Former NFL players focus on financial education, business

Mar 12, 2022, 12:56 AM | Updated: 1:01 am
FILE - Chicago Bears' Adewale Ogunleye, accompanied by Danieal Manning (38) and Hunter Hillenmeyer ...

FILE - Chicago Bears' Adewale Ogunleye, accompanied by Danieal Manning (38) and Hunter Hillenmeyer (92), runs after recovering a Denver Broncos fumble during the second quarter of an NFL football game Nov. 25, 2007, in Chicago. Ogunleye, a Pro Bowl defensive end during a 10-year career, leads UBS Global Wealth Management’s athletes and entertainers strategic client segment. (AP Photo/Nam Y. Huh, File)

(AP Photo/Nam Y. Huh, File)

Former NFL players are helping athletes prepare for life off the field.

Wale Ogunleye, a Pro Bowl defensive end during a 10-year career with Miami, Chicago and Houston, leads UBS Global Wealth Management’s athletes and entertainers strategic client segment.

Copeland Bryan, who played three seasons in Buffalo and Detroit, and Cameron Lynch, who spent four seasons with the Rams and Tampa Bay, participated in the NFL Business Development Program in partnership with Visa. They took part in the NFL Player Care Foundation’s fourth annual Super Bowl Career Fair in Los Angeles, and are completing, two-year rotational program across various Visa business lines.

“Being a former athlete, I just realized that the industry could do a better job of providing guidance to our high net-worth individuals, especially our athletes, and using our platform to help with financial decisions,” Ogunleye said on the AP Pro Football Podcast. “I made a ton of money; that didn’t make me an expert in money. So, I went back to school, I educated myself. But, I do feel like our advisors at our firm should have an obligation to teach as they go, teach our athletes to understand what their finances are, and make sure that they have a legacy to fall back on when their playing days are over.”

Ogunleye made the Pro Bowl in 2003 after registering a career-best 15 sacks with the Dolphins. He was traded to Chicago following a contract dispute and signed a $34 million, six-year deal with the Bears.

In his role with UBS, he wants to equip players with information to make smart decisions for their future.

“Financial education, dealing with our financial advisors, make sure they understand, that our athletes need to have a legacy,” he said. “And then also, lastly, dealing with our clients themselves, the athletes themselves and entertainers, making sure that we get behind them, their philanthropic endeavors, the life after the stage, after sports. Because even if you are a Tom Brady, you still have the rest of your life to live, right? What are you going to do with that? Even if you’re an anomaly like myself and played 11 years in the league, I was done in my 30s. I’m still fairly young, so I haven’t retired from life. And I think that what we’re going to do at UBS is we’re going to look at our athletes as businessmen, business women, entrepreneurs, knowing that this is just a small segment of their life. And once those 15 minutes of fame are up on the on the field, we want to make sure that you have a much longer, longer life to live toward getting that legacy for you and your family, maybe the communities that you’ve come from.”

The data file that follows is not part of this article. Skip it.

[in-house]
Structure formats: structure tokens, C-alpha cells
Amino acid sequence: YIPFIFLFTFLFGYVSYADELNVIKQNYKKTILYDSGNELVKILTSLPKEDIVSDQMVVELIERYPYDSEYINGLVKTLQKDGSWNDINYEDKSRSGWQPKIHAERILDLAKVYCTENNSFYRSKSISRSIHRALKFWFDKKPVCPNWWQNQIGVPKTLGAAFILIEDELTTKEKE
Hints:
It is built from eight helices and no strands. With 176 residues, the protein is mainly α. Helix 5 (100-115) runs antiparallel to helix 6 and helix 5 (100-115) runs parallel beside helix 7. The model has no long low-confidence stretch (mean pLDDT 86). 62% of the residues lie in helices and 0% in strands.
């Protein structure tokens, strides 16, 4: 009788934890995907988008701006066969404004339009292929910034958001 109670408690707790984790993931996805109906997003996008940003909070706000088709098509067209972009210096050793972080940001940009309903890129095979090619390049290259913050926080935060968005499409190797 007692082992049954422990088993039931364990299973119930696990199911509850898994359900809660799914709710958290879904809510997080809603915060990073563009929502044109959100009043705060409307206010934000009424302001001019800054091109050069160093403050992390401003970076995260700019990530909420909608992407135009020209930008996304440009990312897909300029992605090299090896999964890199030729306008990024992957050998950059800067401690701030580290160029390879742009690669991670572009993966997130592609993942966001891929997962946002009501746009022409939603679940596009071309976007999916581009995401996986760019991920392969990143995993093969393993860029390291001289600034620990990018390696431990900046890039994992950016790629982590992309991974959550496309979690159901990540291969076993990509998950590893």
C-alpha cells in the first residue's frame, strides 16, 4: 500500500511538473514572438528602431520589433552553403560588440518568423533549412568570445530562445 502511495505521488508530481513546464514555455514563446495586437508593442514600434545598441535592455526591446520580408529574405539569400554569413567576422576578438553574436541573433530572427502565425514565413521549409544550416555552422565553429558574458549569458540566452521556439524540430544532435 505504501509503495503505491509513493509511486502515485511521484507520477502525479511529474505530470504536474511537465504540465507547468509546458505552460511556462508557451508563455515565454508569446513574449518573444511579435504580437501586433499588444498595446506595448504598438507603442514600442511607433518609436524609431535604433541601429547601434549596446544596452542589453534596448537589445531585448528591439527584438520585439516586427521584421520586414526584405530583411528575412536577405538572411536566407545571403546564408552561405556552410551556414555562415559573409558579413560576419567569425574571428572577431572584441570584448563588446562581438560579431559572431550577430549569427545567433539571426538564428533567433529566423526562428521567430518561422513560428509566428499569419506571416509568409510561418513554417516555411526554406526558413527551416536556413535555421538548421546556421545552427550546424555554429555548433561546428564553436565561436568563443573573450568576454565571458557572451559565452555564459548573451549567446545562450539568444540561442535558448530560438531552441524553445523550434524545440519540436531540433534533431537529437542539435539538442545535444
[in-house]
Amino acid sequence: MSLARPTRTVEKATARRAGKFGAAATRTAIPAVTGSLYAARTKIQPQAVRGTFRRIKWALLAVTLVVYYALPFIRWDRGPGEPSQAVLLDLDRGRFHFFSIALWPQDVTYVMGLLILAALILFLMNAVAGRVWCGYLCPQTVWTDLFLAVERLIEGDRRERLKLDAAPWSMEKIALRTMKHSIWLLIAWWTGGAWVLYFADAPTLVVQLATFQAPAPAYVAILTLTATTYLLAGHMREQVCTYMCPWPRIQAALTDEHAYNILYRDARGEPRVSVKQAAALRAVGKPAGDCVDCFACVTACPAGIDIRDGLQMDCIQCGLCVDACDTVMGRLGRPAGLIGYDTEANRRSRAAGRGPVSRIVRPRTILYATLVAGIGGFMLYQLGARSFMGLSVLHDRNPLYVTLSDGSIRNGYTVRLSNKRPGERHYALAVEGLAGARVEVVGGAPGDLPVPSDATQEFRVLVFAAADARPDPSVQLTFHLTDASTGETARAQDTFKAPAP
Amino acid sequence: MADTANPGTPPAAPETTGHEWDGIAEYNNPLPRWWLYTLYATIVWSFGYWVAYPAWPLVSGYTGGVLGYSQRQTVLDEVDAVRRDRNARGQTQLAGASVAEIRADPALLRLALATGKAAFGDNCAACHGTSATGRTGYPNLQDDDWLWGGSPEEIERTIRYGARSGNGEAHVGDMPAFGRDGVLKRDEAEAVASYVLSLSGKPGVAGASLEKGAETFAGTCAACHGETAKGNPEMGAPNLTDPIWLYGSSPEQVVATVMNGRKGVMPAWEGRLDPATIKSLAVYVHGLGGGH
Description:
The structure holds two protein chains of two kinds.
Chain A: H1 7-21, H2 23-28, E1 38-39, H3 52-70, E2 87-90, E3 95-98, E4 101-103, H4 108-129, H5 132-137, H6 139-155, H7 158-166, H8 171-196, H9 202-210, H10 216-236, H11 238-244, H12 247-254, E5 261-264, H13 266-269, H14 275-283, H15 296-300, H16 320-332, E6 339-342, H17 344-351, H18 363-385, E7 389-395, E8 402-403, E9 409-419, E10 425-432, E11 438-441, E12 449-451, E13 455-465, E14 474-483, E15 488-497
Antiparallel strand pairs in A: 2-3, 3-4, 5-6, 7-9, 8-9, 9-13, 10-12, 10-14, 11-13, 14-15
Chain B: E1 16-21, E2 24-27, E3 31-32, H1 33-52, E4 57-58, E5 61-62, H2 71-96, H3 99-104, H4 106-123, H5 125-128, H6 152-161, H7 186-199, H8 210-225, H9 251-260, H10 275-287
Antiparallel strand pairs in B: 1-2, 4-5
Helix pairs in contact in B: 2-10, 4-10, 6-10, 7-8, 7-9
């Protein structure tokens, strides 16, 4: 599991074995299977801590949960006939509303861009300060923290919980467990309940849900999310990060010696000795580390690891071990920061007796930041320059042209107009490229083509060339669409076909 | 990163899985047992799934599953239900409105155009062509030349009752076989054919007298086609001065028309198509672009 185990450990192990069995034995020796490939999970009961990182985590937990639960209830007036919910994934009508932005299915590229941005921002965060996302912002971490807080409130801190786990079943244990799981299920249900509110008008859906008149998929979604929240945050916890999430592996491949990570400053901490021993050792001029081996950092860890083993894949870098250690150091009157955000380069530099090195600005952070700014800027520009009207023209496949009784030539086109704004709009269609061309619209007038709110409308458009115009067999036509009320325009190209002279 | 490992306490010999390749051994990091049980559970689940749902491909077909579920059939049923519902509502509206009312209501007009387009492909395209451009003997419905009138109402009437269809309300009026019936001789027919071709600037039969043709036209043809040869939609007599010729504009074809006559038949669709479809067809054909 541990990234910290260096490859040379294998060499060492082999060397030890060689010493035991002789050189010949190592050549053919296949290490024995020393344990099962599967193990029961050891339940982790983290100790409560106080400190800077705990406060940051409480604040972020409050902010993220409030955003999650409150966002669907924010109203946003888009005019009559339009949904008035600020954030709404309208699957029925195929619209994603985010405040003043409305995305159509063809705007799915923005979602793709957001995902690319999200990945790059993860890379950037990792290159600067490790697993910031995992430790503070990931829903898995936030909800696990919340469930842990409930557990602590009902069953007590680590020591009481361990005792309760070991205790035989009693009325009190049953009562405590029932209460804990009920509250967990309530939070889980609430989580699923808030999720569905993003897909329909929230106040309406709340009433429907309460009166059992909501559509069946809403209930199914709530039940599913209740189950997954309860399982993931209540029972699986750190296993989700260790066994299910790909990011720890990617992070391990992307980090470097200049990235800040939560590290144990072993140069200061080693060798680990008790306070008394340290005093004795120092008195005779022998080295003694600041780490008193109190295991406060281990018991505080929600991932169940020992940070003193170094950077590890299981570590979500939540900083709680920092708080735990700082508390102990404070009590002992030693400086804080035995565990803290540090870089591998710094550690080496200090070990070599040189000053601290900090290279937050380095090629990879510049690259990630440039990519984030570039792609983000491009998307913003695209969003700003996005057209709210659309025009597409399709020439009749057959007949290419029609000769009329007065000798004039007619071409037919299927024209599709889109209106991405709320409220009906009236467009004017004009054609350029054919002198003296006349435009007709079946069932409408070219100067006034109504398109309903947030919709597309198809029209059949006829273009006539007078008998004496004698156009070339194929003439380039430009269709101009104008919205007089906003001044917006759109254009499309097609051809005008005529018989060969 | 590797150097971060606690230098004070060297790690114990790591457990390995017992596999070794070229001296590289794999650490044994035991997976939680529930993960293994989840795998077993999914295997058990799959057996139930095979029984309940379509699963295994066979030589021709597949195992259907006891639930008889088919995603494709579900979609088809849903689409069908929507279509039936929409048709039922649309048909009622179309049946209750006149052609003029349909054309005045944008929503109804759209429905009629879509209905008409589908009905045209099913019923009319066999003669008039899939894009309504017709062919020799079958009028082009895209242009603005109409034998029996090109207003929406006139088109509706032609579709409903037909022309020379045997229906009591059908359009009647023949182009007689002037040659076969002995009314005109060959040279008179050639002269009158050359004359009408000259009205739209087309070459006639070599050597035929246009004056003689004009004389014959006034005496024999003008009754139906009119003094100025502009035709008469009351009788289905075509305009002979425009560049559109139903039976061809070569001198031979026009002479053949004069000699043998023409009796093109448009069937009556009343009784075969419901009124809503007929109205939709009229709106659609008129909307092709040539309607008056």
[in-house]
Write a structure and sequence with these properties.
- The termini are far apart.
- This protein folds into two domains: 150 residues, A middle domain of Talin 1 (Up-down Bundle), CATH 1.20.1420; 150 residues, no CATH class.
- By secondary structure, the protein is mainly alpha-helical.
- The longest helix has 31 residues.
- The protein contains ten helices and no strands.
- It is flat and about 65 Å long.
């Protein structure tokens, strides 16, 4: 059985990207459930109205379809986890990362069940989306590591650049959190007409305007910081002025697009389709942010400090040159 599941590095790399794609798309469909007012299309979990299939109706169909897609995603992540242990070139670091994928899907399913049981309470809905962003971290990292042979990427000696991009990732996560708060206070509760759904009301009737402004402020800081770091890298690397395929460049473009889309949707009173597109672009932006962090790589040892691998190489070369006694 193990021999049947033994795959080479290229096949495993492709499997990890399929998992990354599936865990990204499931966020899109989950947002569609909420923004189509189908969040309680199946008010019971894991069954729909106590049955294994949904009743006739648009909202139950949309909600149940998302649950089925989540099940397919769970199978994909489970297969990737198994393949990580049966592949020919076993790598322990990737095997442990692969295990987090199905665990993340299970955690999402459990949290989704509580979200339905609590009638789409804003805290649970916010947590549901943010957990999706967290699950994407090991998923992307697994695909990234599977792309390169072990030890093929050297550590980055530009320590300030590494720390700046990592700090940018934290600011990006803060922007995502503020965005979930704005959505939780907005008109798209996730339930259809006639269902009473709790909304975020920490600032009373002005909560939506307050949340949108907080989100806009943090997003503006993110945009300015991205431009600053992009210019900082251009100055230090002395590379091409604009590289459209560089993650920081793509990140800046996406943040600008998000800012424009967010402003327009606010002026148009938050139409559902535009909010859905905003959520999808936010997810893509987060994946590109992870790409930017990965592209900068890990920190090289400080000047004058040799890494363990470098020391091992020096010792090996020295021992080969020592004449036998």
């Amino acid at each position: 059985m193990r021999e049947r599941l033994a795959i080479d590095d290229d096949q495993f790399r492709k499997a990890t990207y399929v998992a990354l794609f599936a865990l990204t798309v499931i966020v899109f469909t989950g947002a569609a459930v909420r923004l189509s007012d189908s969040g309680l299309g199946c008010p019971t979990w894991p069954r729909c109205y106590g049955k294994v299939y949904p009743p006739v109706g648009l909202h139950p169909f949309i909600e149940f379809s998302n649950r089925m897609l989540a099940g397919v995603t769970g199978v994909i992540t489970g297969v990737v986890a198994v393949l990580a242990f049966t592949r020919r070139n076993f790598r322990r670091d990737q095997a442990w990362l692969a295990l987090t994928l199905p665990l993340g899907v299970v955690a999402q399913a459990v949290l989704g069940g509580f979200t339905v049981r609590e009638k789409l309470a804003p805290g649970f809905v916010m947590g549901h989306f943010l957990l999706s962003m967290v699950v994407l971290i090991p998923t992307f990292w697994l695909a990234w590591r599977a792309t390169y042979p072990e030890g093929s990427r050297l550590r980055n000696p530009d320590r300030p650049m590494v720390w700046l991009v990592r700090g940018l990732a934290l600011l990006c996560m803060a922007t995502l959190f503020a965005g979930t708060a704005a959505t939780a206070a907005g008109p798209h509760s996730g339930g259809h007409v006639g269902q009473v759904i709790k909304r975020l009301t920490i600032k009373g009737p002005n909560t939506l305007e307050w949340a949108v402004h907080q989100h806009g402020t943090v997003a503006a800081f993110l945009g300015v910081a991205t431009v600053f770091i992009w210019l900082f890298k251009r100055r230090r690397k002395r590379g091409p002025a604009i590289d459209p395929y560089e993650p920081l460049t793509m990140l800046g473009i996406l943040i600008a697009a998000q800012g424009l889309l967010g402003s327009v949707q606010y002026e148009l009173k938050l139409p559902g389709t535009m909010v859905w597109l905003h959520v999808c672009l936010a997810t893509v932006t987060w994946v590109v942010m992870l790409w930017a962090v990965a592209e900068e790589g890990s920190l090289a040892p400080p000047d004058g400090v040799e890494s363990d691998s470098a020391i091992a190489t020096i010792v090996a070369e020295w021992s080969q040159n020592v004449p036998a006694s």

Bryan considered pursuing his MBA at Harvard, Yale or Stanford before the NFL Players Association gave him an opportunity to join the league’s business program with Visa. He is completing his rotation on Visa’s Strategic Initiatives and Global Technology Partnerships team.

“Since coming on, I’ve had a few years getting to do some very interesting work,” Bryan said. “This has been an opportunity to really hone the skills that I had developed kind of from a startup and business development consulting world. I’d always been corporate adjacent, never in corporate. Just getting to see kind of the processes in a corporate structure, in a big company like Visa that gets to touch like every other company in the world is very eye-opening.”

Lynch stressed the importance of preparing for a career after retirement. He last played with the Buccaneers in 2018 but the 28-year-old was ready for the next phase of his life at a young age. He began preparing in college and continued in the NFL.

“While I was playing, I interned in the offseason. I made sure on my off days I did community service to build up that resume for when after I retired,” he said. “Being undrafted, I knew it could come at any day. Thankfully, I ended up at Visa, Silicon Valley, where we’re able to use my skills from on the field and bring them to the boardroom and also getting my MBA, getting that terminology down, going from one team to the other. The playbook is different going from the Rams to the Buccaneers. So going from the field to the boardroom, the playbook is different. So I got my MBA to get knowledge, to get educated and to apply those skills at Visa.”

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Former NFL players focus on financial education, business